Bioassay battery interlaboratory investigation of emerging contaminants in spiked water extracts – Towards the implementation of bioanalytical monitoring tools in water quality assessment and monitoring
|Author(s)||Di Paolohttps://w3.Ifremer.Fr/archimer-Admin/author.Jsp# Carolina1, Ottermanns Richard1, Keiter Steffen1, 2, Ait-Aissa Selim3, Bluhm Kerstin1, Brack Werner4, Breitholtz Magnus5, Buchinger Sebastian6, Carere Mario7, Chalon Carole8, Cousin Xavier9, 10, Dulio Valeria3, Escher Beate I.4, 11, 12, Hamers Timo13, Hilscherova Klara14, Jarque Sergio14, Jonas Adam14, Maillot-Marechal Emmanuelle3, Marneffe Yves8, Mai Thao Nguyen 15, Pandard Pascal3, Schifferli Andrea16, Schulze Tobias4, Seidensticker Sven1, 12, Seiler Thomas-Benjamin1, Tang Janet11, Van Der Oost Ron17, Vermeirssen Etienne16, Zounkova Radka14, Zwart Nick13, Hollert Henner1|
|Affiliation(s)||1 : Rhein Westfal TH Aachen, Inst Environm Res, Aachen, Germany.
2 : Univ Orebro, Sch Sci & Technol, Man Technol Environm Res Ctr, Orebro, Sweden.
3 : INERIS, Verneuil En Halatte, France.
4 : UFZ Helmholtz Ctr Environm Res, Leipzig, Germany.
5 : Stockholm Univ, Dept Appl Environm Sci ITM, Stockholm, Sweden.
6 : Fed Inst Hydrol, Dept Biochem & Ecotoxicol, Koblenz, Germany.
7 : Italian Inst Hlth, Rome, Italy.
8 : ISSeP Sci Inst Publ Serv, Liege, Wallonia, Belgium.
9 : IFREMER, Lab Ecotoxicol, Lhoumeau, France.
10 : INRA, Lab Physiol & Genet Poissons, Rennes, France.
11 : Univ Queensland, Natl Res Ctr Environm Toxicol Entox, Brisbane, Qld, Australia.
12 : Univ Tubingen, Ctr Appl Geosci, Tubingen, Germany.
13 : Vrije Univ Amsterdam, Inst Environm Studies IVM, Amsterdam, Netherlands.
14 : Masaryk Univ, Res Ctr Tox Cpds Environm RECETOX, Fac Sci, Brno, Czech Republic.
15 : Waterproef Lab, Edam, Netherlands.
16 : Swiss Ctr Appl Ecotoxicol Eawag EPFL, Dubendorf, Switzerland.
17 : WATERNET Inst Urban Water Cycle, Div Technol Res & Engn, Amsterdam, Netherlands.
|Source||Water Research (0043-1354) (Pergamon-elsevier Science Ltd), 2016-11 , Vol. 104 , P. 473-484|
|WOS© Times Cited||33|
|Keyword(s)||Triclosan, Acridine, 17 alpha-ethinylestradiol, 3-Nitrobenzanthrone, Organism-level toxicity, Mechanism-specific toxicity|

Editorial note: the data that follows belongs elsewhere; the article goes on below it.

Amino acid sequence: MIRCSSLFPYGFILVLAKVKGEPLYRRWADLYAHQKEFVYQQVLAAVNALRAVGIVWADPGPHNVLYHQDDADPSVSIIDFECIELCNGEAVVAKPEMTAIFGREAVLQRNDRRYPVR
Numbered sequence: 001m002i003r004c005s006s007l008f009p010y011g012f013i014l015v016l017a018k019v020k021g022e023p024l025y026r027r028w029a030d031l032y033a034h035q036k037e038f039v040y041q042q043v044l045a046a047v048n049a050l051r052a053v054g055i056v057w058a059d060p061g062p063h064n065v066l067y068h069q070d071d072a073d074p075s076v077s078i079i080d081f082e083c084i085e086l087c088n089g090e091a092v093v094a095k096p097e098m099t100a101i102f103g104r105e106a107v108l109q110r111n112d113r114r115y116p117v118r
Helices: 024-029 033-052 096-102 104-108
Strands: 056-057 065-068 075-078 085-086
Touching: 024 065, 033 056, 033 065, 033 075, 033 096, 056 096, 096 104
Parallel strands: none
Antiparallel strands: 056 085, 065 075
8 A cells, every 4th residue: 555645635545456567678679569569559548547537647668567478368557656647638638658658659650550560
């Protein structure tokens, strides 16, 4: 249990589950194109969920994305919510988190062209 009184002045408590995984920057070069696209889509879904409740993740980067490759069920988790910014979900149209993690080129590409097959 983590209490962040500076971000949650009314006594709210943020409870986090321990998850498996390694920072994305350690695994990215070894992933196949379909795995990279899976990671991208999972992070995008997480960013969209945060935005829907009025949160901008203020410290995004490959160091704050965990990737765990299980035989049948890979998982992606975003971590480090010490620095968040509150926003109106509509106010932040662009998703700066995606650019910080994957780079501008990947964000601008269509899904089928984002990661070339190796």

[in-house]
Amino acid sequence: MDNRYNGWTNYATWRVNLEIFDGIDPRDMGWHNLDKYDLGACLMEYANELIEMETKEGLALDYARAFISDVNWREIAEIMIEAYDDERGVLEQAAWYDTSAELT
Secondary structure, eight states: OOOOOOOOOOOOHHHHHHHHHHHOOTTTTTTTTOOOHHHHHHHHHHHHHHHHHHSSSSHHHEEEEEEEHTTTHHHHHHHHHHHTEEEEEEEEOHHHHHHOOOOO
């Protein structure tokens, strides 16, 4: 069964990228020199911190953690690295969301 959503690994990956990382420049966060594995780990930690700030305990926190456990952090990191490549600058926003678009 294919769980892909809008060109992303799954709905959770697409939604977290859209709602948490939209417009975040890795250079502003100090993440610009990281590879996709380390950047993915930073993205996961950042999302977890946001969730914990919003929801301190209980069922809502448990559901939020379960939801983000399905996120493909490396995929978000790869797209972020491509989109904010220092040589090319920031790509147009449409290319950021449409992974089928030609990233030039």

|Abstract||Bioassays are particularly useful tools to link the chemical and ecological assessments in water quality monitoring. Different methods cover a broad range of toxicity mechanisms in diverse organisms, and account for risks posed by non-target compounds and mixtures. Many tests are already applied in chemical and waste assessments, and stakeholders from the science-police interface have recommended their integration in regulatory water quality monitoring. Still, there is a need to address bioassay suitability to evaluate water samples containing emerging pollutants, which are a current priority in water quality monitoring. The presented interlaboratory study (ILS) verified whether a battery of miniaturized bioassays, conducted in 11 different laboratories following their own protocols, would produce comparable results when applied to evaluate blinded samples consisting of a pristine water extract spiked with four emerging pollutants as single chemicals or mixtures, i.e. triclosan, acridine, 17α-ethinylestradiol (EE2) and 3-nitrobenzanthrone (3-NBA). Assays evaluated effects on aquatic organisms from three different trophic levels (algae, daphnids, zebrafish embryos) and mechanism-specific effects using in vitro estrogenicity (ER-Luc, YES) and mutagenicity (Ames fluctuation) assays. The test battery presented complementary sensitivity and specificity to evaluate the different blinded water extract spikes. Aquatic organisms differed in terms of sensitivity to triclosan (algae > daphnids > FET) and acridine (FET > daphnids > algae) spikes, confirming the complementary role of the three taxa for water quality assessment. Estrogenicity and mutagenicity assays identified with high precision the respective mechanism-specific effects of spikes even when non-specific toxicity occurred in mixture. For estrogenicity, although differences were observed between assays and models, EE2-spike relative induction EC50 values were comparable to the literature, and E2/EE2 equivalency factors reliably reflected the sample content. In the Ames, strong revertant induction occurred following 3-NBA-spike incubation with the TA98 strain, which was of lower magnitude after metabolic transformation and when compared to TA100. Differences in experimental protocols, model organisms, and data analysis can be sources of variation, indicating that respective harmonised standard procedures should be followed when implementing bioassays in water monitoring. Together with other ongoing activities for the validation of a basic bioassay battery, the present study is an important step towards the implementation of bioanalytical monitoring tools in water quality assessment and monitoring.|